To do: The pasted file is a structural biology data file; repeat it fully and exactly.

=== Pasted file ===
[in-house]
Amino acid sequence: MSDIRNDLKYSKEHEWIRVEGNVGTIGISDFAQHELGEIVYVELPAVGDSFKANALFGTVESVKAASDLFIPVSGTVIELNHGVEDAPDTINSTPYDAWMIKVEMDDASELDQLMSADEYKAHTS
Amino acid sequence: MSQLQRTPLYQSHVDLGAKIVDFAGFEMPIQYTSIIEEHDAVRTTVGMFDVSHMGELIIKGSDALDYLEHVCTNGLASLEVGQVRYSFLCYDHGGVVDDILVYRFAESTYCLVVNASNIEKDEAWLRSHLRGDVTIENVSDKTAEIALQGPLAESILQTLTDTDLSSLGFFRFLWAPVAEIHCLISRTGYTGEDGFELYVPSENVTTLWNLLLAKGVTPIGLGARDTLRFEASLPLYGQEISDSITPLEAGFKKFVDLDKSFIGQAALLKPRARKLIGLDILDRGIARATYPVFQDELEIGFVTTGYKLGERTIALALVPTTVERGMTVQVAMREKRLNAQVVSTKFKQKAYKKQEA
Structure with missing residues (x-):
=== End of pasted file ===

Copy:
[in-house]
Amino acid sequence: MSDIRNDLKYSKEHEWIRVEGNVGTIGISDFAQHELGEIVYVELPAVGDSFKANALFGTVESVKAASDLFIPVSGTVIELNHGVEDAPDTINSTPYDAWMIKVEMDDASELDQLMSADEYKAHTS
Amino acid sequence: MSQLQRTPLYQSHVDLGAKIVDFAGFEMPIQYTSIIEEHDAVRTTVGMFDVSHMGELIIKGSDALDYLEHVCTNGLASLEVGQVRYSFLCYDHGGVVDDILVYRFAESTYCLVVNASNIEKDEAWLRSHLRGDVTIENVSDKTAEIALQGPLAESILQTLTDTDLSSLGFFRFLWAPVAEIHCLISRTGYTGEDGFELYVPSENVTTLWNLLLAKGVTPIGLGARDTLRFEASLPLYGQEISDSITPLEAGFKKFVDLDKSFIGQAALLKPRARKLIGLDILDRGIARATYPVFQDELEIGFVTTGYKLGERTIALALVPTTVERGMTVQVAMREKRLNAQVVSTKFKQKAYKKQEA
Structure with missing residues (x-):